Anxiety conspired with confusion and embarrassment within me as I glanced out across the open plain at the living tidal wave that was but a minute or two away from overwhelming us. Why was I the only one on that rooftop who appreciated the potential harm to life and limb in our situation? The only element missing from this Mad Hatter's party was a Cheshire Cat! Then fascination with the details of the approaching apocalypse overtook me, and, resigning myself to a swift destruction, I spent the remaining seconds taking note of them. The mounts were magnificent creatures, beefier than either species from which they were bred, the black zebraic stripes alternating tigerlike with the tawny deerskin coat, and each tapered head surmounted by a pair of short, twisting horns. Each of the riders was wearing a body-length suit whose markings matched the hide of the very beasts they rode. These "uniforms" were complete with hoods that covered the entire head, including the face, with eyelets obscured by the set of elaborate goggles each man wore. Slung across the back of every rider was a short rifle, and every hip supported either a sidearm pistol or a long knife. Their saddles and saddle-bags were similarly camouflaged. And, just as Mugambi had said, in the rays of the rising sun they were an awe-inspiring sight--a faerie-like fleet of irresistible doom.
On their way across the plain, the wierd troop had broken into serried ranks of 12 or 13 abreast. Whatever their objective, their assault would obviously come in successive waves. Mugambi, at that point, ceased laughing and assembled his own men in formation, the entire complement of a dozen guards standing at "present arms" in a single row facing the oncoming horde. Then the General turned to likewise face the intruders with a look of grim determination on his face, holding his swagger stick behind him as he had at our arrival. Gen. Groves silently pulled me aside--out of the line of fire, I assumed.
When the first wave was within a few bounds of our position, I was certain Mugambi would give the command to aim and fire, but he remained silent and motionless, as did his men. This is madness, I thought, and turned towards Gen. Groves to say so, but he simply raised his index finger to his lips, cautioning me to silence, and fixed his gaze on the impending slaughter. The first row of furies was almost upon us. I steeled myself and awaited my fate.
To my amazement, the first wave landed not on the rooftop we occupied, but clear on the other side of the building, as did the next, and the next, until all eight rows had passed over us--like the Angel of Death over the Israelites, I thought--while Mugambi and his phalanx of guard maintained their pose of "readiness." Then the riders reassembled their ranks on the ground, two rows each on all four sides of the building, and proceeded once again to overleap our position--all eight rows at once, criss-crossing each other's paths with unerring precision. This show of "horsemanship" was repeated four times and then abruptly ceased, the whole company having arrayed itself on the ground again in the same configuration as before. An eerie silence prevailed for the space of a full minute, the riders striving with their anxious mounts to stay them, the latter held in check only by the steely discipline of their masters.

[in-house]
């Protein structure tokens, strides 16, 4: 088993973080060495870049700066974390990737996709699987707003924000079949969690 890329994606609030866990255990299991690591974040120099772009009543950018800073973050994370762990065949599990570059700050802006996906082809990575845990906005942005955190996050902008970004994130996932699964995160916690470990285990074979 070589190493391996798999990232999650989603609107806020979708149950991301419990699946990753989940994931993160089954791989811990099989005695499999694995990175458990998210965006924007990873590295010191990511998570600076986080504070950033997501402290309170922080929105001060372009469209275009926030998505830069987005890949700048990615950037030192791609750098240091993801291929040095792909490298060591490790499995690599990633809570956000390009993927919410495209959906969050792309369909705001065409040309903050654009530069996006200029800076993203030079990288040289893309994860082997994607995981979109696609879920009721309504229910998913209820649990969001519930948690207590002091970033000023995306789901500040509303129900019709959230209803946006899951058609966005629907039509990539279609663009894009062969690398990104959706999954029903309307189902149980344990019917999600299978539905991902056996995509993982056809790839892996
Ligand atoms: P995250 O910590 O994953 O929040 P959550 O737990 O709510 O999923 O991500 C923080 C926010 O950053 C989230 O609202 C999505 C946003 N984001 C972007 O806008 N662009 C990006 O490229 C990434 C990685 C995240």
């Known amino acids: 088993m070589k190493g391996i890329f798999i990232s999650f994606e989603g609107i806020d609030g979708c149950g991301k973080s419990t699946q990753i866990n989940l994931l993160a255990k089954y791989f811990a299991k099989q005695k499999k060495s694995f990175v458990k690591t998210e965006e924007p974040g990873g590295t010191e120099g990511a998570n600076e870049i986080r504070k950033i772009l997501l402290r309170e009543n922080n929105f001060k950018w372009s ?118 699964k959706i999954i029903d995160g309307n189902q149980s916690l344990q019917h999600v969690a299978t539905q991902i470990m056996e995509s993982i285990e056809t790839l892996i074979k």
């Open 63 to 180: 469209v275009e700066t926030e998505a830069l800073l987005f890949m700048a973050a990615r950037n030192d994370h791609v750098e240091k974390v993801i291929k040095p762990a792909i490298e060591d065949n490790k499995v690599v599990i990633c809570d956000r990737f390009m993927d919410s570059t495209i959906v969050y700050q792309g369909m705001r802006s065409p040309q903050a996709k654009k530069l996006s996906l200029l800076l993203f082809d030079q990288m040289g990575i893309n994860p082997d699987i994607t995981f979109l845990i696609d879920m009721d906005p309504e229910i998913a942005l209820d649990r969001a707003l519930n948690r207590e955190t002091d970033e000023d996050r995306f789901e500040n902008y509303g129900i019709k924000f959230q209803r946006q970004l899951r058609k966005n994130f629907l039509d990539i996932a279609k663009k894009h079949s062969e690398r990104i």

Then, as sudden as lightning, one of the riders detached his mount from the ranks of his fellows and bounded upwards with a blood-curdling battle cry that I could have sworn I had heard before, and landed squarely on the roof, directly in front of General Mugambi. The General did not budge an inch, nor did any of his guards. I glanced at Groves, not daring to speak, but again he raised his index finger to his lips, winked at me, and nodded in the direction of the incredible scene being acted out before us. As I stared, transfixed, the rider prodded his mount with his heels and the beast, camel-like, knelt down on its front legs, permitting its master to dismount with a single artful movement. The rider approached Mugambi boldly, undaunted by the armed guards a few paces away. Scant inches from the General's chest, the mysterious stranger stopped and, lifting his arm above his head, stripped off his dusty goggles and with them his sweat-stained hood, to reveal a face as brown and weathered as the hide of the beast he rode. It was an aged, well-wrinkled face, with high cheekbones, a high forehead, and a large, broad, aquiline nose bisecting a pair of piercing, steel-grey eyes and balanced by a set of wide yet pencil-thin lips atop an anvil jaw. The man was beardless and his hair was straight and black with generous streaks of gray. Despite his age, he seemed unwearied by his strenuous ride--indeed, invigorated. For some reason, I was hardly surprised when he and Mugambi embraced each other fiercely, then, parting slightly, pounded each other about the arms and shoulders, laughing heartily. It was, of course, Geronimo.
<< END OF CHAPTER 4 >>